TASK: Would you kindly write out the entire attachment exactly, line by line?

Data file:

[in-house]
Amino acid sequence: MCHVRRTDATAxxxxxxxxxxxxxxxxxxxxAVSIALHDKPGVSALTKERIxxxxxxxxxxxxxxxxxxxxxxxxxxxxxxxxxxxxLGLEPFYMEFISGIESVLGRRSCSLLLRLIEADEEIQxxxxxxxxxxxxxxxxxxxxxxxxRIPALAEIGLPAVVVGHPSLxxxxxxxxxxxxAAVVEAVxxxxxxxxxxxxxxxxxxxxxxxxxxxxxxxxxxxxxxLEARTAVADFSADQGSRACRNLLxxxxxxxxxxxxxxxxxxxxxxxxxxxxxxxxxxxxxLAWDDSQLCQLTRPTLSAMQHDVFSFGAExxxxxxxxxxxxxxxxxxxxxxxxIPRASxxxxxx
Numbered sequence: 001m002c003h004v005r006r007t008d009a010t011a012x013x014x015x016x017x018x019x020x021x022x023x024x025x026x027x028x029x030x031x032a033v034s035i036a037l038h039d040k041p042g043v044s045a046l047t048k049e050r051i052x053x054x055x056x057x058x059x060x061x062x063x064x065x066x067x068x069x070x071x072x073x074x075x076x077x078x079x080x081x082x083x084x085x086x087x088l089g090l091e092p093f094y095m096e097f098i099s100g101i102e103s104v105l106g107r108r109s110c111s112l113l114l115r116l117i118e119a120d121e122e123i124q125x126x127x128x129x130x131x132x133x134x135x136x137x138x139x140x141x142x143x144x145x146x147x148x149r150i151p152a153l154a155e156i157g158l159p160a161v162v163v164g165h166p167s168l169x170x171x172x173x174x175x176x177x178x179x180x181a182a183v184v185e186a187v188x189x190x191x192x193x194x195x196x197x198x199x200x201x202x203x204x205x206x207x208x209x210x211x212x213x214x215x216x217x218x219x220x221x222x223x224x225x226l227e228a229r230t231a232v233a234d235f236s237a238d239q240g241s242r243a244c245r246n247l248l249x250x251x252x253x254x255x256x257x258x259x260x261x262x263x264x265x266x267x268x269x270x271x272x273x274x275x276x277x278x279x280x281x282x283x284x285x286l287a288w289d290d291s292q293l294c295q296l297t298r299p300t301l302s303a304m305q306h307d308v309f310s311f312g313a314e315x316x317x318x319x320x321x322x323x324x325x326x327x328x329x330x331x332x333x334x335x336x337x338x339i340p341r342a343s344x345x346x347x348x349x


[in-house]
Amino acid sequence: MCHVRRTDATAxxxxxxxxxxxxxxxxxxxxAVSIALHDKPGVSALTKERIxxxxxxxxxxxxxxxxxxxxxxxxxxxxxxxxxxxxLGLEPFYMEFISGIESVLGRRSCSLLLRLIEADEEIQxxxxxxxxxxxxxxxxxxxxxxxxRIPALAEIGLPAVVVGHPSLxxxxxxxxxxxxAAVVEAVxxxxxxxxxxxxxxxxxxxxxxxxxxxxxxxxxxxxxxLEARTAVADFSADQGSRACRNLLxxxxxxxxxxxxxxxxxxxxxxxxxxxxxxxxxxxxxLAWDDSQLCQLTRPTLSAMQHDVFSFGAExxxxxxxxxxxxxxxxxxxxxxxxIPRASxxxxxx
Numbered sequence: 001m002c003h004v005r006r007t008d009a010t011a012x013x014x015x016x017x018x019x020x021x022x023x024x025x026x027x028x029x030x031x032a033v034s035i036a037l038h039d040k041p042g043v044s045a046l047t048k049e050r051i052x053x054x055x056x057x058x059x060x061x062x063x064x065x066x067x068x069x070x071x072x073x074x075x076x077x078x079x080x081x082x083x084x085x086x087x088l089g090l091e092p093f094y095m096e097f098i099s100g101i102e103s104v105l106g107r108r109s110c111s112l113l114l115r116l117i118e119a120d121e122e123i124q125x126x127x128x129x130x131x132x133x134x135x136x137x138x139x140x141x142x143x144x145x146x147x148x149r150i151p152a153l154a155e156i157g158l159p160a161v162v163v164g165h166p167s168l169x170x171x172x173x174x175x176x177x178x179x180x181a182a183v184v185e186a187v188x189x190x191x192x193x194x195x196x197x198x199x200x201x202x203x204x205x206x207x208x209x210x211x212x213x214x215x216x217x218x219x220x221x222x223x224x225x226l227e228a229r230t231a232v233a234d235f236s237a238d239q240g241s242r243a244c245r246n247l248l249x250x251x252x253x254x255x256x257x258x259x260x261x262x263x264x265x266x267x268x269x270x271x272x273x274x275x276x277x278x279x280x281x282x283x284x285x286l287a288w289d290d291s292q293l294c295q296l297t298r299p300t301l302s303a304m305q306h307d308v309f310s311f312g313a314e315x316x317x318x319x320x321x322x323x324x325x326x327x328x329x330x331x332x333x334x335x336x337x338x339i340p341r342a343s344x345x346x347x348x349x